What if...? Limits and Play

Published 3. September 2012.

Voluntary limits are one of my favorite ways to keep training fresh and to come up with new ideas.

But why would you choose to limit your options in the first place? Everyone loves having choices. Having even more choices then could only be a good thing, right? Nope. When you have tons of options it can be difficult to choose what to do. Indecision is a great way to let that lazy part of your mind take over and think, "well, since you don't know what you want to do...why don't we just stay in this comfy seat right here instead?" Putting limits (rules if you prefer) in place narrows down your options and makes it easier to make a choice. In other words it removes the excuse of "but I don't know what to do!" You know what's really awesome about this entire concept? Limits can also be used to take a space devoid of compelling options, and turn it into a something better. Will it compare to the best training spaces? Nah, but it can still turn a bland space into a good one.

Turn sidewalks into something more interesting
Bland sidewalk, meet suddenly awesome sidewalk.

The easiest way to do this is to set rules for how you can navigate an area. The option I hope hope hope everyone is familiar with is the "floor is lava" game. One hell (hah?) of a way to inject some context and difficulty into any situation. In my last post I was using that during some parts of the video. What are some other simple limitations/rules to try?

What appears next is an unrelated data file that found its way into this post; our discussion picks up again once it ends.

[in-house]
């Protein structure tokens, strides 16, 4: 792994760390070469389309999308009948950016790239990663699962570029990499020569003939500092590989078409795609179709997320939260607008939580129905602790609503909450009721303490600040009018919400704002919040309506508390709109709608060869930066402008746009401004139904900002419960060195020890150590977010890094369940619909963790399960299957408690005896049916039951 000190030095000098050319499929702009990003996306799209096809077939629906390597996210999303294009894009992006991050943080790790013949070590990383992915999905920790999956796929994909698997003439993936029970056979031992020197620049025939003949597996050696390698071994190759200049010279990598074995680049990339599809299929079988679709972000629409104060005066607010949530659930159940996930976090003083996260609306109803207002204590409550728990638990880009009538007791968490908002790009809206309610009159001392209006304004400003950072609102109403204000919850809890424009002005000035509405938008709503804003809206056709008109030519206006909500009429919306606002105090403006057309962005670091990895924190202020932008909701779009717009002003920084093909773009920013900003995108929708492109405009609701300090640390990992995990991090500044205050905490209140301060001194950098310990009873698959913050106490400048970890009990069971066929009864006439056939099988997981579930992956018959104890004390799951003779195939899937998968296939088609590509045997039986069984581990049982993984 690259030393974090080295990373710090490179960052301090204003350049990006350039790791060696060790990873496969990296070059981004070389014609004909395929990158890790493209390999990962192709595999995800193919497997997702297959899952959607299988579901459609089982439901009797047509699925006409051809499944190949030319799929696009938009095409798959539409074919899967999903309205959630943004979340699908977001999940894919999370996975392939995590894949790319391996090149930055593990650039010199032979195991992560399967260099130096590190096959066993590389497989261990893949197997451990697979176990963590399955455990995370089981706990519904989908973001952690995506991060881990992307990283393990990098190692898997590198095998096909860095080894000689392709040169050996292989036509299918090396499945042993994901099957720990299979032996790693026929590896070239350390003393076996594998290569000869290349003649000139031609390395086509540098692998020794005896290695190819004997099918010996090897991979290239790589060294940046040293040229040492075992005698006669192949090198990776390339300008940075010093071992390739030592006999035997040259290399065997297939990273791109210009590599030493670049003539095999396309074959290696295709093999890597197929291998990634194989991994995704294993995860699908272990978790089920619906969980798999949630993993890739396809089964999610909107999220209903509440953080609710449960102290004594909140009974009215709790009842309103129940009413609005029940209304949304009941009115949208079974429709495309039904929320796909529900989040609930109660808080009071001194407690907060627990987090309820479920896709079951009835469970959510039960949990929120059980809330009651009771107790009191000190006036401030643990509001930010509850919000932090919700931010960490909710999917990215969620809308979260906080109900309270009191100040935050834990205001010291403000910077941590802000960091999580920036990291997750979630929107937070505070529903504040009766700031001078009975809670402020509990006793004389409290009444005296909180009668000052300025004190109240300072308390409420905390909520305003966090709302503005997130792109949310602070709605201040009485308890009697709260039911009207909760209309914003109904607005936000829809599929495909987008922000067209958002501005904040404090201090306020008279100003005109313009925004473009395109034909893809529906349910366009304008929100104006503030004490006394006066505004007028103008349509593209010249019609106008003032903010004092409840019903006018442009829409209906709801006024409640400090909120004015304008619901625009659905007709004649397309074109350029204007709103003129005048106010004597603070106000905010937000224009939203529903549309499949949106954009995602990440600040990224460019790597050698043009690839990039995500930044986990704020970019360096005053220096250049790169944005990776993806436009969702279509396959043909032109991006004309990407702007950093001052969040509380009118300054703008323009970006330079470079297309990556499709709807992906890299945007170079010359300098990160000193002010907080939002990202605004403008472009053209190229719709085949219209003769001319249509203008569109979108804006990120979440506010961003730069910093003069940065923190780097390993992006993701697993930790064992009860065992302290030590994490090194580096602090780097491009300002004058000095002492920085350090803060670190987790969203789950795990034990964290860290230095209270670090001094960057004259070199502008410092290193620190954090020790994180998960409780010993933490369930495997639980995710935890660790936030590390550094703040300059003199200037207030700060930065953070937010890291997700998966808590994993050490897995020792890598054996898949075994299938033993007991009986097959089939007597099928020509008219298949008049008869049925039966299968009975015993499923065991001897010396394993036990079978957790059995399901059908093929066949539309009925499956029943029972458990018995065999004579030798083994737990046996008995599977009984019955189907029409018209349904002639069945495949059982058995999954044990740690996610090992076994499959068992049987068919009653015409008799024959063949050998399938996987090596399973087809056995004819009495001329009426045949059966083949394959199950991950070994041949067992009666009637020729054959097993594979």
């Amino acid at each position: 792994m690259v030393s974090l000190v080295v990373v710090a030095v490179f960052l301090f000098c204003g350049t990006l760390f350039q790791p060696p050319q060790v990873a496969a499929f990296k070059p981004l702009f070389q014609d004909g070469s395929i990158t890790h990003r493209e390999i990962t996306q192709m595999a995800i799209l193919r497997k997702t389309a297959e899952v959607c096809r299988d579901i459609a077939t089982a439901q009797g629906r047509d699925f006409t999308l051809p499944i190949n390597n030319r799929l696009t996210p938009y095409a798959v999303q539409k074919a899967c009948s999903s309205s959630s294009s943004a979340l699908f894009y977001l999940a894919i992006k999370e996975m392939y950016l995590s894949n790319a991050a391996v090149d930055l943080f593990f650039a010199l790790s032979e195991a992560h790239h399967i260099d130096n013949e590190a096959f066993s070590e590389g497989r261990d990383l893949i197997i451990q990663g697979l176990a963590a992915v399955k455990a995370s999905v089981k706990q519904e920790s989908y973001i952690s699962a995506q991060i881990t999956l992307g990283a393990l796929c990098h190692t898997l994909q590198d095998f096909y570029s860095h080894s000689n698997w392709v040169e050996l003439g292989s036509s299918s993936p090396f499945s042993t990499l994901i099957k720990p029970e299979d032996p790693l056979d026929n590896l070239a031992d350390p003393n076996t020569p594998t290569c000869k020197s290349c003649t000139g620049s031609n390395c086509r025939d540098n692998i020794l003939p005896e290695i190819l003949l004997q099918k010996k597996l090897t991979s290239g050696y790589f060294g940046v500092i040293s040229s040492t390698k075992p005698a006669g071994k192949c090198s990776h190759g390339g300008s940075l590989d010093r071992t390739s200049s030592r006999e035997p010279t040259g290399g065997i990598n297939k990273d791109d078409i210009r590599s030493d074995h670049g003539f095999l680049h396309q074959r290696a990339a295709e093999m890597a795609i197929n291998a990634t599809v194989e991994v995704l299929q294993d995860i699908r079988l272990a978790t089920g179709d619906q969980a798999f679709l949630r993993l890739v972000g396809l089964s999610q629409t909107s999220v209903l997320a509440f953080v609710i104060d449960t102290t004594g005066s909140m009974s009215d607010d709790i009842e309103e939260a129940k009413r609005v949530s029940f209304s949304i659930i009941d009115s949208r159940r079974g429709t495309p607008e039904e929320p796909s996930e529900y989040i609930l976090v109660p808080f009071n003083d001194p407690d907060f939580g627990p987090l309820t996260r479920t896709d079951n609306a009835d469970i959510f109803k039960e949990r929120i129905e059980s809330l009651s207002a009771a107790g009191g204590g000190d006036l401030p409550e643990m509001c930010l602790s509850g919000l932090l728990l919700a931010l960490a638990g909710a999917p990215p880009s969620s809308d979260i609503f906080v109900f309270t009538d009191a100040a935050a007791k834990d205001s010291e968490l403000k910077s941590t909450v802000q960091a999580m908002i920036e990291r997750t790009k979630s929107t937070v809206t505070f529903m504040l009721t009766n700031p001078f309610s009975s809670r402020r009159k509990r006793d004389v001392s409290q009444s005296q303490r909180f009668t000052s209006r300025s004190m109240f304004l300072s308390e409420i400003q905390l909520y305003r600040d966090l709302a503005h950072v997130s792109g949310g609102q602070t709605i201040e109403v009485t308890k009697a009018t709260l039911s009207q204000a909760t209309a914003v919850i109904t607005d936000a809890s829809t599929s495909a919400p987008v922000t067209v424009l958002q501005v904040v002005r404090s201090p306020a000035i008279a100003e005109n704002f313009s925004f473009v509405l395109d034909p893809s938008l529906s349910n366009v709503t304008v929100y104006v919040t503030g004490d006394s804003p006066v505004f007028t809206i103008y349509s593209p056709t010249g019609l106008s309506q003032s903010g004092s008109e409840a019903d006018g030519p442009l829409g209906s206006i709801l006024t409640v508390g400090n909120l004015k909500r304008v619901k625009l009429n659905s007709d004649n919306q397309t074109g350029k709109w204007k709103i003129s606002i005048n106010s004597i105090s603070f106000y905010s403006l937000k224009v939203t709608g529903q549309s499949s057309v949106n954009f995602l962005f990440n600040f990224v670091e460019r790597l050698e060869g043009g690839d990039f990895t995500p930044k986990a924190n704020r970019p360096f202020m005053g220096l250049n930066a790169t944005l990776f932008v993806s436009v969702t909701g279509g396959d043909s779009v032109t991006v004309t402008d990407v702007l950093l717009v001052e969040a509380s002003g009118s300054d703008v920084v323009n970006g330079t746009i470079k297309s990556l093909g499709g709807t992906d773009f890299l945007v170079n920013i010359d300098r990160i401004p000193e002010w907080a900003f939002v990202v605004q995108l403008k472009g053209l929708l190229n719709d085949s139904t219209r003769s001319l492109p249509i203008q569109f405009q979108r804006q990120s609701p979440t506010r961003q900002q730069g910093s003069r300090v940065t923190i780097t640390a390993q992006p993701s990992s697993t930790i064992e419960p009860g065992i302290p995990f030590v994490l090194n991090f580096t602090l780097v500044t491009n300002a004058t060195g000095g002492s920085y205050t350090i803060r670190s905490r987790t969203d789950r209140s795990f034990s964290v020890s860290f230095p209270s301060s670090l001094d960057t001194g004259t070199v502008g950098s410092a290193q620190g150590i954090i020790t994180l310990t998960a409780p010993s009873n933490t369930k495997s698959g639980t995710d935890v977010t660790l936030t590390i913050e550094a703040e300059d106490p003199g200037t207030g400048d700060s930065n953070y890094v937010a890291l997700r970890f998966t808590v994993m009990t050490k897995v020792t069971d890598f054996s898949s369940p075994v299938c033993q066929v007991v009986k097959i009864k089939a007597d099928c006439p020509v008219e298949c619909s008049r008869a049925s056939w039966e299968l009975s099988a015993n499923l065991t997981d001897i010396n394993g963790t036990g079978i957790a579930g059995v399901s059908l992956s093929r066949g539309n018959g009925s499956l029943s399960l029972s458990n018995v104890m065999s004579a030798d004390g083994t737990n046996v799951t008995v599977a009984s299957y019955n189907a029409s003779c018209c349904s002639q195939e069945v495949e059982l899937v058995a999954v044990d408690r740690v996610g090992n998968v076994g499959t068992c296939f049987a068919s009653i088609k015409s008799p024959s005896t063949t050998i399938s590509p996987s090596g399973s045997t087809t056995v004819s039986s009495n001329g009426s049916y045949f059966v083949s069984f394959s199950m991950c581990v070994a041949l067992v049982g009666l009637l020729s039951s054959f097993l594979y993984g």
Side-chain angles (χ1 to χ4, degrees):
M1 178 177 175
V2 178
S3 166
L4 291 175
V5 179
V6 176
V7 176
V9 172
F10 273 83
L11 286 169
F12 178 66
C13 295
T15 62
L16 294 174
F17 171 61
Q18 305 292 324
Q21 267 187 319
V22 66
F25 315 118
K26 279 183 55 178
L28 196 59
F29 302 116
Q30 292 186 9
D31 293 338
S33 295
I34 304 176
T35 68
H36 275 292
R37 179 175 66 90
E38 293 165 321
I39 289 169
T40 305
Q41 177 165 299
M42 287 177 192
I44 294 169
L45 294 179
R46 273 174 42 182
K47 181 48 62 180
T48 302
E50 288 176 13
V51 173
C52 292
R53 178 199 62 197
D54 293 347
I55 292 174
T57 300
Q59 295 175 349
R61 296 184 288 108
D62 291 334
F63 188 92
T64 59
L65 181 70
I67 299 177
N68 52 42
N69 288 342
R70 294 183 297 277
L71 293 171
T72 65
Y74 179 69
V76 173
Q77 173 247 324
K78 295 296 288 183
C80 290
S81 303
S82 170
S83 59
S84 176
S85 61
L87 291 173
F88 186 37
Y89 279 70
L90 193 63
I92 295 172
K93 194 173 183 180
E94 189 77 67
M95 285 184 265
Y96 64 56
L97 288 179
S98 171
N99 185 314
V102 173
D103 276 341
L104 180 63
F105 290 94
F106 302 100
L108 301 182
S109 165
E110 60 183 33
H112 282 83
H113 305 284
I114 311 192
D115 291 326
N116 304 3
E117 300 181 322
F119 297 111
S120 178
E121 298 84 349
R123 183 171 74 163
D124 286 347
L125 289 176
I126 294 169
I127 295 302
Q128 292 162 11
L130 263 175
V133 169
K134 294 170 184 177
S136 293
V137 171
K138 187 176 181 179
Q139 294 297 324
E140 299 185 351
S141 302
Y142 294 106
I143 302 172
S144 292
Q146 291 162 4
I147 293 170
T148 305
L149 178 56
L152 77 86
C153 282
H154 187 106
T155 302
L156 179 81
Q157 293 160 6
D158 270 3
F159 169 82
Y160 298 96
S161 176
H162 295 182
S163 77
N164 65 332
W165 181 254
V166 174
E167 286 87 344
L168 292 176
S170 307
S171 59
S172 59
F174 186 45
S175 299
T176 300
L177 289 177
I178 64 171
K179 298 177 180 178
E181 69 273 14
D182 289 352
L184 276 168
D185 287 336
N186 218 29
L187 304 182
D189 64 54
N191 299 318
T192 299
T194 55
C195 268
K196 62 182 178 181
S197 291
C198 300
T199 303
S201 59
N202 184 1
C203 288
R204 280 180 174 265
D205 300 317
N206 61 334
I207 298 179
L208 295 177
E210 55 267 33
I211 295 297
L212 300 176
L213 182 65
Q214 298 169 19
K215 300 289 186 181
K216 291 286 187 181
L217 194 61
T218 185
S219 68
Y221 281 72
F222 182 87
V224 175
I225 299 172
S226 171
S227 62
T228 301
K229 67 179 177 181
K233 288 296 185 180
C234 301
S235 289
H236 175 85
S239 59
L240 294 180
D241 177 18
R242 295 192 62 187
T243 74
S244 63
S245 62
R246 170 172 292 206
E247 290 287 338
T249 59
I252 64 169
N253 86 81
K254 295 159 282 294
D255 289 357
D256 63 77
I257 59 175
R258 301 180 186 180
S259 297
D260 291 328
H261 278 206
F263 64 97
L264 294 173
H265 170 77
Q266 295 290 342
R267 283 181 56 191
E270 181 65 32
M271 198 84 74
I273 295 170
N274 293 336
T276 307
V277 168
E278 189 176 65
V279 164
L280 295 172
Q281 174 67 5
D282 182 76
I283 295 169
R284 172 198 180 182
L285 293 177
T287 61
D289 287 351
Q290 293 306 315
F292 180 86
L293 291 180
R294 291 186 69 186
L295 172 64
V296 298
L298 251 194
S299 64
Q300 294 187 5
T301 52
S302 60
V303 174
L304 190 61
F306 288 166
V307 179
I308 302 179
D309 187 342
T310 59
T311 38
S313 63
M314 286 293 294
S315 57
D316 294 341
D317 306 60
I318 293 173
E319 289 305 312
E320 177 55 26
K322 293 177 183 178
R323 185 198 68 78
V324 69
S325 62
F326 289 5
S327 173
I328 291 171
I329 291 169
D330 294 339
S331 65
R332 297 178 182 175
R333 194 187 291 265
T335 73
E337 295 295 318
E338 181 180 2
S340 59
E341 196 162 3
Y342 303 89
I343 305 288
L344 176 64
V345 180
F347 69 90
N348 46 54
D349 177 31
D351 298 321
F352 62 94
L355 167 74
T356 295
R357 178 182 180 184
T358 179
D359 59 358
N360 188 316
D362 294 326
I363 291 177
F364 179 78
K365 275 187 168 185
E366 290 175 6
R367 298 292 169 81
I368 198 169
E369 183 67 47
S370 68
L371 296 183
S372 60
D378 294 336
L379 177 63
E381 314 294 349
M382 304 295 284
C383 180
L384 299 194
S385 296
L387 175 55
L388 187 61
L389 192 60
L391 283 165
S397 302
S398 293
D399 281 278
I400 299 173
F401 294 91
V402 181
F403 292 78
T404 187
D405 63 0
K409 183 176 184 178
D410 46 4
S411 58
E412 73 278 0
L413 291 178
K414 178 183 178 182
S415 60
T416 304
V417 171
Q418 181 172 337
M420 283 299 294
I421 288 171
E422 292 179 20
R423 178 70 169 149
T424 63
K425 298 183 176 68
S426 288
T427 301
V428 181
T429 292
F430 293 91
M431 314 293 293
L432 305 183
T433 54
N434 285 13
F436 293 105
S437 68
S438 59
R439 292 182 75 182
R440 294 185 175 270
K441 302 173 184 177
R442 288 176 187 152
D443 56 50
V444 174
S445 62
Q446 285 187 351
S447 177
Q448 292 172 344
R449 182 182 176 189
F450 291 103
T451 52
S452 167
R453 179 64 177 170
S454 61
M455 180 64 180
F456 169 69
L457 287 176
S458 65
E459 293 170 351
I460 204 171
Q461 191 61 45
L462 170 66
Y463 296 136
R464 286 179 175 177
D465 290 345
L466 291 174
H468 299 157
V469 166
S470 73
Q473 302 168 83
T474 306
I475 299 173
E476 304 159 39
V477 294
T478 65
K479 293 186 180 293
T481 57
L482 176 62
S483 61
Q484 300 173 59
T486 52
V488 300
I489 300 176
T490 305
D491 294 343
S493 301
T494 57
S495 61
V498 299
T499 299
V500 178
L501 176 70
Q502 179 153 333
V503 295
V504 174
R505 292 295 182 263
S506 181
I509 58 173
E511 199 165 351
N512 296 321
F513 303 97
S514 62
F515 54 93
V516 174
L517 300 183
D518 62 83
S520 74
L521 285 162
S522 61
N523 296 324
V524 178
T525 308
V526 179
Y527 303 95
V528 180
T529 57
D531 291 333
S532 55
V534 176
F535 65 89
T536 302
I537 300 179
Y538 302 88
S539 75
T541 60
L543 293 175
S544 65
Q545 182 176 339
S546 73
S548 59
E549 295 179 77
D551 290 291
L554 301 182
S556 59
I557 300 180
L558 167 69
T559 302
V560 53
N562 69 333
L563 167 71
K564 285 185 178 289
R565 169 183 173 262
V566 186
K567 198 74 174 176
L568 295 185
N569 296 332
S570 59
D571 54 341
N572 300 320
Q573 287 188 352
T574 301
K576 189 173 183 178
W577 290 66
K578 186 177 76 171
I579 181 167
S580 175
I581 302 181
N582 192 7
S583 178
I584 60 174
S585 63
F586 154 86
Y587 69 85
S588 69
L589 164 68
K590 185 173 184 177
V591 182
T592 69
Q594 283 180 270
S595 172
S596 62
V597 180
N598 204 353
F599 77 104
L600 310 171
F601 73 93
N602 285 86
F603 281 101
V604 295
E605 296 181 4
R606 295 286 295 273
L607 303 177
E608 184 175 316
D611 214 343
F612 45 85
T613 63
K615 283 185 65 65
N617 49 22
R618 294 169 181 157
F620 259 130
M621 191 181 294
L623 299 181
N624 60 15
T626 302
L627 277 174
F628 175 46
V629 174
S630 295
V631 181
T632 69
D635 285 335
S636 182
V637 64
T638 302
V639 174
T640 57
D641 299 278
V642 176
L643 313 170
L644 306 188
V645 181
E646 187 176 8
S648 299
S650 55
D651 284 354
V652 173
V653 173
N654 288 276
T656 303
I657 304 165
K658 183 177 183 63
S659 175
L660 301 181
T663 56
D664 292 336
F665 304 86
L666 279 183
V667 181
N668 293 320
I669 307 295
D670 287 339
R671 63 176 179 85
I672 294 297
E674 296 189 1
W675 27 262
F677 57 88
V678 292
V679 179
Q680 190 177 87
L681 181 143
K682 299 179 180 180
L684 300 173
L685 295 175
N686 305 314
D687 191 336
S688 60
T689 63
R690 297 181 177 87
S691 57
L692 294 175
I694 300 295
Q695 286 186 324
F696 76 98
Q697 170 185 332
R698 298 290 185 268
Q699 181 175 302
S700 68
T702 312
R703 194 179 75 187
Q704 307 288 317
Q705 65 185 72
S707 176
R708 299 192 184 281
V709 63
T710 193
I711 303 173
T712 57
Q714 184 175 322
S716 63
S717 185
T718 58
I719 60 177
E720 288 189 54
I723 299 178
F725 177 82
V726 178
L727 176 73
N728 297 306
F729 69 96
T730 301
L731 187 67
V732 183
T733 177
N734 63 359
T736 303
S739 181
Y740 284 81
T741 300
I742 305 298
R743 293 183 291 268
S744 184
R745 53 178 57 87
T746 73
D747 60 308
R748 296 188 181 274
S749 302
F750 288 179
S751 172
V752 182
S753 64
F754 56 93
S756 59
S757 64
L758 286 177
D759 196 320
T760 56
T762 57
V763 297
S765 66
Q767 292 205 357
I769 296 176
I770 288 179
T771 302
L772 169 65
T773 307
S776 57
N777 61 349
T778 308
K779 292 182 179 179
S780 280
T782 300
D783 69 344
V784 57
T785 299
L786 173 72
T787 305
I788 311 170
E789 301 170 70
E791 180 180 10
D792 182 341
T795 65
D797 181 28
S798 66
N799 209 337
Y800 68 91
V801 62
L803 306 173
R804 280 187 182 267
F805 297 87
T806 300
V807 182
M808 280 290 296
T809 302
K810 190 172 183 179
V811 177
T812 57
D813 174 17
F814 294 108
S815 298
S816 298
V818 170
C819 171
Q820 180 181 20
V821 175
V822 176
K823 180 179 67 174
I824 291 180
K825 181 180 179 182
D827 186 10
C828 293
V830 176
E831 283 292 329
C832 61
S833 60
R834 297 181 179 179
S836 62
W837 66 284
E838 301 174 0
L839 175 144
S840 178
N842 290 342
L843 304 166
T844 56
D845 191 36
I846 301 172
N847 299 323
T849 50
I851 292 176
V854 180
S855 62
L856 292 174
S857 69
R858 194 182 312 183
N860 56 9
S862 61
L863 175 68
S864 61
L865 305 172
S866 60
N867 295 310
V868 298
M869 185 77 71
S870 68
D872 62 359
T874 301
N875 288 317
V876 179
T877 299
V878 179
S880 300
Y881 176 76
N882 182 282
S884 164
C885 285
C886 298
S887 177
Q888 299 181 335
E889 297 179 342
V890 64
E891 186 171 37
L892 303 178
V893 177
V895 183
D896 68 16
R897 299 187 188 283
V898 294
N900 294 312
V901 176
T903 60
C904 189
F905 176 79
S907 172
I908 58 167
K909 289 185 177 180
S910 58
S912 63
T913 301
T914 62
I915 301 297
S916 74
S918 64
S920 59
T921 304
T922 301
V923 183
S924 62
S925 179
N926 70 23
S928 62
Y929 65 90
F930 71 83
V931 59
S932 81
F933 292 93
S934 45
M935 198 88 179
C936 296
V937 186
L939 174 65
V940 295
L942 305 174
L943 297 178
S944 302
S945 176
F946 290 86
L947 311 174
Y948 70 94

• What can you do without one hand? One foot? How about no hands or no feet?
  • What about using the same move twice? Or make it only usable a second time when linked to another.
  • Stay on all fours the entire time. I love this one, but it can be super tiring. You've been warned. ;)
  • Choose one route, but traverse it different ways each time.
  • Pick a movement and play with different combinations. Make it more complicated by turning it into a sequence that you add onto gradually. Every place will have its own unique options you can try too, and that list is definitely not exhaustive either. I just find myself asking the question "what if I could only do this?" often when I'm training and that leads to all sorts of interesting situations. If you let yourself be creative and don't dismiss ideas because they seem silly, absurd, or even impossible then you will discover all sorts of things. It's all about having fun and enjoying the process, don't worry about trying to discover something amazing; if it happens it will; if not, then you still learned something.